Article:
My Korean Husband

Intercultural Life

Tag: korean english

How to say Tomato?

How to say tomato?

Actually the Korean pronunciation of tomato (토마토) sounds similar to British/Australian pronunciation, but Hugh said many Koreans think it sounds cooler to say it the American way. As if it’s some example of English speaking skills and a way to show off! Many Koreans have a somewhat unhealthy obsession with American English which means they will judge other’s pronunciation of words if they don’t sound American. It’s unfortunate because Korean English speaking skills on a whole would benefit from exposure to more accents, not just an American accent. Foreign English teachers in schools are told to speak with an American English even when they are not North American. This obsession with the American accent, which they are already exposed to anyway, hinders Koreans when they have interactions with English speakers that have a different accent. And there are many types of English accents!

I have no problem with Americans saying “tomato” in a way is natural for them, but I scolded Hugh for saying it that way when there was no need to. He still gets judged on the way he speaks English, usually by Koreans who don’t speak English anywhere near as well as him! There is an idea many people have of how English is supposed to sound if you speak it well, but the reality is quite different. When a Korean adopts a strong American accent when they are not a native speaker (and haven’t been to the US) it can sound very jarring, especially to native English speakers that have a different accent. To me it sounds better if an accent is something that happens naturally and is not forced. So usually Hugh has a Korean accent and says some things in an Australian way and still has some slight tenancies he learnt in The Philippines.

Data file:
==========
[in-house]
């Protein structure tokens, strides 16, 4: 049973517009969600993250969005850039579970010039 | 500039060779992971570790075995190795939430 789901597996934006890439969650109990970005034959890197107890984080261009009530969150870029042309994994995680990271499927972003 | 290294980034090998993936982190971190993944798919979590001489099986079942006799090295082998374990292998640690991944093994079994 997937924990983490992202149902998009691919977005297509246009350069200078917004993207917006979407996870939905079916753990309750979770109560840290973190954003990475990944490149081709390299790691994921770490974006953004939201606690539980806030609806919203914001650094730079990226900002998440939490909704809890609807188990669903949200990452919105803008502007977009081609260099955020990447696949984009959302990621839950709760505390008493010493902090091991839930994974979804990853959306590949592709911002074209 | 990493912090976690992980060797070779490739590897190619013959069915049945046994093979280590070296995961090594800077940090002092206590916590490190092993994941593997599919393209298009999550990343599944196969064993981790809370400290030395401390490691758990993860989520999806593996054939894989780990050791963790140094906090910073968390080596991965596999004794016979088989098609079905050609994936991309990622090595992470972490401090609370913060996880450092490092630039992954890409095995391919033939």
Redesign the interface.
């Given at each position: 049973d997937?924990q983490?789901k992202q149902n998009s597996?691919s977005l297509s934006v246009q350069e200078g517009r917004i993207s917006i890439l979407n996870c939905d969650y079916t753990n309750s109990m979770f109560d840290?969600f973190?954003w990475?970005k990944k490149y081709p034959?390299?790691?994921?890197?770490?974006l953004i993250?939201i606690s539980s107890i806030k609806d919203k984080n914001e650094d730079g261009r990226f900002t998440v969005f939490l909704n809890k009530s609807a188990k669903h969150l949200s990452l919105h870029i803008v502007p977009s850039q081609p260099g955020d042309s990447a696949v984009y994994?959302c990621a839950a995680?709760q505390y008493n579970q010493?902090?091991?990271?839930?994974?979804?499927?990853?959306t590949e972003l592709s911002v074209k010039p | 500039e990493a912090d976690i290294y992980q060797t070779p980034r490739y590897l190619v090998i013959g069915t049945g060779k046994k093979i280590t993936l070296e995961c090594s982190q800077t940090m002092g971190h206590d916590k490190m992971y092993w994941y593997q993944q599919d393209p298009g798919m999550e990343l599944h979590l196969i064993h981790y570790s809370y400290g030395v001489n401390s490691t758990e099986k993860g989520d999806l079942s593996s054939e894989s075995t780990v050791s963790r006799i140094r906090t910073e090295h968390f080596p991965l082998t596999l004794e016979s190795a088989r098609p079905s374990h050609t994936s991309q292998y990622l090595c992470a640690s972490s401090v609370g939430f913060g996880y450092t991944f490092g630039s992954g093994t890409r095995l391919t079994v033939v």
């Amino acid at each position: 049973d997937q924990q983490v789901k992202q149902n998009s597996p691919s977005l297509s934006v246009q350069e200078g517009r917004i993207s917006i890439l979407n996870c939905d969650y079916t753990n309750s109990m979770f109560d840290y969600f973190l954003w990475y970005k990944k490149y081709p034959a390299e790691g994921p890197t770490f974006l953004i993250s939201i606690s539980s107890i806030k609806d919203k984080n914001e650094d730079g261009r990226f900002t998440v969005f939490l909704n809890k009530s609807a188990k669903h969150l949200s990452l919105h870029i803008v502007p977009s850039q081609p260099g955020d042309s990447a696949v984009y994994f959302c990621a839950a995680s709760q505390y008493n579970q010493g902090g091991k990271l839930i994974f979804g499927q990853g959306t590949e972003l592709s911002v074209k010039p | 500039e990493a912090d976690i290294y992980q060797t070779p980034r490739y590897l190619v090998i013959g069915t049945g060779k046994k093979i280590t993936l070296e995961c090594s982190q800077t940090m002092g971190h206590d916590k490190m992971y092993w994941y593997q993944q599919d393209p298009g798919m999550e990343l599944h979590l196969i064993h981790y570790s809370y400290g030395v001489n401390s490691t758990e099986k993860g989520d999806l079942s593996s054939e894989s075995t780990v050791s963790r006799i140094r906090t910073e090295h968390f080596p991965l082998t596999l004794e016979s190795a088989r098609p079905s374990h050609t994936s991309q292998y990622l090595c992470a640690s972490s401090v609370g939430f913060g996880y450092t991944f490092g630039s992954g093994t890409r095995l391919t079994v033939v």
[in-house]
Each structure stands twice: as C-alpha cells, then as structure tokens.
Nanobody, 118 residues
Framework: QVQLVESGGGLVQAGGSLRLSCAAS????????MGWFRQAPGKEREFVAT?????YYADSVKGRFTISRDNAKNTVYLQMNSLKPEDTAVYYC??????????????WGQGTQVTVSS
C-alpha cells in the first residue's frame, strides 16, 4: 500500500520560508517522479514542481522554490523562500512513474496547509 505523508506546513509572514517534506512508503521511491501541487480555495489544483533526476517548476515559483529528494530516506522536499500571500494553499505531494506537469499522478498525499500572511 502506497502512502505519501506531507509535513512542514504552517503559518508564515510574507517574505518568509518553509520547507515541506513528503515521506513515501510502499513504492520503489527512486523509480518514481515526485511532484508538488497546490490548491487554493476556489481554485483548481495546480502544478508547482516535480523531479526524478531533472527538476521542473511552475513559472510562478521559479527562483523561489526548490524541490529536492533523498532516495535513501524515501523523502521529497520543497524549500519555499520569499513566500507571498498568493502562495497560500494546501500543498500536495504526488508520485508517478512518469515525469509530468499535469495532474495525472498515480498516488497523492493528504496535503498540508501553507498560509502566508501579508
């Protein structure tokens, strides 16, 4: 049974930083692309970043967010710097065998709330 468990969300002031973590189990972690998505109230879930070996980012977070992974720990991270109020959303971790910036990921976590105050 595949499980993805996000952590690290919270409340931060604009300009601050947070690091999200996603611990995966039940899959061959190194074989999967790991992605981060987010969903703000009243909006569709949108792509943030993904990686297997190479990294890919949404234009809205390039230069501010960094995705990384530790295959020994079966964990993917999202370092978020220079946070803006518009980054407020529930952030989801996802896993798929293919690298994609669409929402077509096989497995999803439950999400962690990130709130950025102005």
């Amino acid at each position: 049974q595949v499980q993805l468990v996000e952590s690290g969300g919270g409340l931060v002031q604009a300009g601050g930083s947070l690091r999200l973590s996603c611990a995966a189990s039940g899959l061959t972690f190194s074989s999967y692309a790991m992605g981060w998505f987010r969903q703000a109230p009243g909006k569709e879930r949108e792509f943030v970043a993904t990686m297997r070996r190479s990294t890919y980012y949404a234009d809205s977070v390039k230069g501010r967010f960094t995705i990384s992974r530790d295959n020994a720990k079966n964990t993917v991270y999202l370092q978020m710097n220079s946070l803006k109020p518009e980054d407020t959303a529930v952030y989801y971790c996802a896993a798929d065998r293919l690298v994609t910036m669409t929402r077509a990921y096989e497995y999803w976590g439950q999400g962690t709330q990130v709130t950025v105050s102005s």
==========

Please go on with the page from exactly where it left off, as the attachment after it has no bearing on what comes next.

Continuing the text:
I hope Koreans don’t continue to feel pressure to speak English in a certain way, even though it seems that I’m pressuring Hugh to speak the Australian way! hehe

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Pigs

Pigs

We had just come back from Seoul when he said this. I was so disappointed that there wasn’t little piggys on the farm. But it’s funny because I start to make mistakes too. After being in Korea for so long, in English I do have problems with some sounds that should be natural for me but are difficult for Koreans. I find it harder to differentiate between B and V now. F and P is still okay for me, but for Hugh, even speaking English every day, it still trips him up.

 

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I’m Fine Thank you AND YOU?

This week’s Commenting on Comments:

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Say….

say...

Even though my husband understands the correct pronunciation of English words, some words will still come out in Korean English. And sometimes it’s quite funny. My siblings like to set him up so he says certain words. “Beach” and “Beaches” is one that he just can’t get right. If I get him to repeat after me, he may get it on the 5th try. For other words like “fork”, which in Korean English is “pork”, if he says it without thinking he’ll say “pork” but very easily he can change to the correct pronunciation of “fork”. “Beaches” though… it always sounds like something else.

My Korean teacher (who is Korean) often made fun of the Korean way of saying “beach” and “beaches”. He said too many Koreans who come to Australia say things like this, “I love Australian bitches!” when of course they mean “beaches”. Or they ask someone, “Excuse me, which way to the bitch?” Hehe. I know what they mean but others who are not used to the Korean accent may not.

“Sit” is another one that can be funny because they may change it to a “sh” sound, which completely changes the meaning of the word! Even my teacher who has been in Australia for years and has good English still accidentally said to a student, “Please shit anywhere.” He realised immediately after and laughed pretty hard.

Another problem Koreans learning English have, is differentiating between the F and P sound. English F (also PH) words are said with a P sound in Korean so Koreans have to practice their F sounds a lot when learning English. Sometimes they practice so much that they begin to even say English P words with an F. When saying something like “park” and changing it to “fark” it can sound pretty close to a bad word! Learning another language can be so stressful but there can be some really funny moments. I’m sure once I know more Korean I’ll be accidentally saying some bad things.

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